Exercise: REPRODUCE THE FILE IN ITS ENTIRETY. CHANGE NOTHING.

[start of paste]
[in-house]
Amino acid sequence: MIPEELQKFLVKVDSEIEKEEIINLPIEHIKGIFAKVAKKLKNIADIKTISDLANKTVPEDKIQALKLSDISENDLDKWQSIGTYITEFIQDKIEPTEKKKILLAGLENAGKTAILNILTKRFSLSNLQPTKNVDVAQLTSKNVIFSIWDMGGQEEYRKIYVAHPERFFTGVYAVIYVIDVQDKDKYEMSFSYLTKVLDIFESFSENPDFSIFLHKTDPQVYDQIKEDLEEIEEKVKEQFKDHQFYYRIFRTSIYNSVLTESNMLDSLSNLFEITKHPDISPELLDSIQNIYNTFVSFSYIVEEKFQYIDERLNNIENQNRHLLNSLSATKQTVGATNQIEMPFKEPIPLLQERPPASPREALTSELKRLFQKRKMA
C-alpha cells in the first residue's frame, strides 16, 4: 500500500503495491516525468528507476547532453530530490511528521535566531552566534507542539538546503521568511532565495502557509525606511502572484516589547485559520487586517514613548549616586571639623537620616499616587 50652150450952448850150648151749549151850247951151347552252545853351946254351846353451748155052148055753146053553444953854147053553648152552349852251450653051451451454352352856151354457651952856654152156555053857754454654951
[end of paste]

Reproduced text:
[in-house]
Amino acid sequence: MIPEELQKFLVKVDSEIEKEEIINLPIEHIKGIFAKVAKKLKNIADIKTISDLANKTVPEDKIQALKLSDISENDLDKWQSIGTYITEFIQDKIEPTEKKKILLAGLENAGKTAILNILTKRFSLSNLQPTKNVDVAQLTSKNVIFSIWDMGGQEEYRKIYVAHPERFFTGVYAVIYVIDVQDKDKYEMSFSYLTKVLDIFESFSENPDFSIFLHKTDPQVYDQIKEDLEEIEEKVKEQFKDHQFYYRIFRTSIYNSVLTESNMLDSLSNLFEITKHPDISPELLDSIQNIYNTFVSFSYIVEEKFQYIDERLNNIENQNRHLLNSLSATKQTVGATNQIEMPFKEPIPLLQERPPASPREALTSELKRLFQKRKMA
C-alpha cells in the first residue's frame, strides 16, 4: 500500500503495491516525468528507476547532453530530490511528521535566531552566534507542539538546503521568511532565495502557509525606511502572484516589547485559520487586517514613548549616586571639623537620616499616587 50652150450952448850150648151749549151850247951151347552252545853351946254351846353451748155052148055753146053553444953854147053553648152552349852251450653051451451454352352856151354457651952856654152156555053857754454654951